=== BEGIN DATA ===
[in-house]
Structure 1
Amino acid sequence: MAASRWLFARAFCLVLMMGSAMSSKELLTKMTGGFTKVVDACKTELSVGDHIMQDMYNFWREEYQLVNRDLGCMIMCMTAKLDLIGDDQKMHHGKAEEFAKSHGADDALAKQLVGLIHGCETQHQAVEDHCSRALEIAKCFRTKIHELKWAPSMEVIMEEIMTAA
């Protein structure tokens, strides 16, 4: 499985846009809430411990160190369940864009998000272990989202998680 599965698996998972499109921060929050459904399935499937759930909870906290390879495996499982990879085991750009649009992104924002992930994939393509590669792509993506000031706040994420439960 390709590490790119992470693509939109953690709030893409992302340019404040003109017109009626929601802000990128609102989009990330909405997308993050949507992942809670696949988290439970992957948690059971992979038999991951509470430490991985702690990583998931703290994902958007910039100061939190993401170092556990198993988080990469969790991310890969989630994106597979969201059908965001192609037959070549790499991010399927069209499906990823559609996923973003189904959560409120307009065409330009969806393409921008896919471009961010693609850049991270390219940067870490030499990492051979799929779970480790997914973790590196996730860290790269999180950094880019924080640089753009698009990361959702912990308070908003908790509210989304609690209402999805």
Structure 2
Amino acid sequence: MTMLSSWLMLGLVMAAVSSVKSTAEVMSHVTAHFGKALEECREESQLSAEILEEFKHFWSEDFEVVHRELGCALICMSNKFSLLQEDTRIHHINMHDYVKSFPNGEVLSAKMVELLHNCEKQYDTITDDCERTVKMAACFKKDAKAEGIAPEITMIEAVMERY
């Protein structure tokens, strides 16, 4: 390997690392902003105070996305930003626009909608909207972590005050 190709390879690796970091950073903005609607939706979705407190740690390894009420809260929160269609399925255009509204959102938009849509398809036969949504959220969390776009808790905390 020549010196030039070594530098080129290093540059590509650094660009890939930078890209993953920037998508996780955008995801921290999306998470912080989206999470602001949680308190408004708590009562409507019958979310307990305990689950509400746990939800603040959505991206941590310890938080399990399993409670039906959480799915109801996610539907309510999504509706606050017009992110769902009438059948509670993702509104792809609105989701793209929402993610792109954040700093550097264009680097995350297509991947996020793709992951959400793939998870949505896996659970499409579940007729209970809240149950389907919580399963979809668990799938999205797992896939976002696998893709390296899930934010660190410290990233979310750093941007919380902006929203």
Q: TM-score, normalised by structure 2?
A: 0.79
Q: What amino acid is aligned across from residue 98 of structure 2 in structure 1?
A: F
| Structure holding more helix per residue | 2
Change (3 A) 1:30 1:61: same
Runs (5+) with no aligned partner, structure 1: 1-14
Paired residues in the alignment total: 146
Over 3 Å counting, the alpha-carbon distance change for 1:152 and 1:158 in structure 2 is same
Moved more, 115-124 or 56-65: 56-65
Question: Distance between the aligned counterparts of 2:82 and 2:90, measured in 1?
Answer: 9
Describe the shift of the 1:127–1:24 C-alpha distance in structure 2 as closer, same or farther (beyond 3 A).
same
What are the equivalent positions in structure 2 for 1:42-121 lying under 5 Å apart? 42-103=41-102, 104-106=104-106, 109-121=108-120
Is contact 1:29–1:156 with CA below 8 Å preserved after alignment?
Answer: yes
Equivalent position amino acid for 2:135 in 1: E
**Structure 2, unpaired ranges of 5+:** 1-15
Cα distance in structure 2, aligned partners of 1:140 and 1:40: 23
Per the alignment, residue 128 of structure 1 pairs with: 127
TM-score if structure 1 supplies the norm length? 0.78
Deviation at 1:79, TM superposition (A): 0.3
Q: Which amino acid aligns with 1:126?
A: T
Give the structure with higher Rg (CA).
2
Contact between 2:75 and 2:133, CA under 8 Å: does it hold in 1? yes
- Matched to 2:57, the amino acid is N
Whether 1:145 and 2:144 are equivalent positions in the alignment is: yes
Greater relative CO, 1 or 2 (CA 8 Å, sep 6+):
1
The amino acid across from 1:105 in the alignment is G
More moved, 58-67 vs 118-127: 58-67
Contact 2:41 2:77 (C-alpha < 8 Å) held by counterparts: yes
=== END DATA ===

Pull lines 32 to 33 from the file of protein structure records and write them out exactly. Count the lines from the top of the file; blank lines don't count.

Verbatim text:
A: T
Give the structure with higher Rg (CA).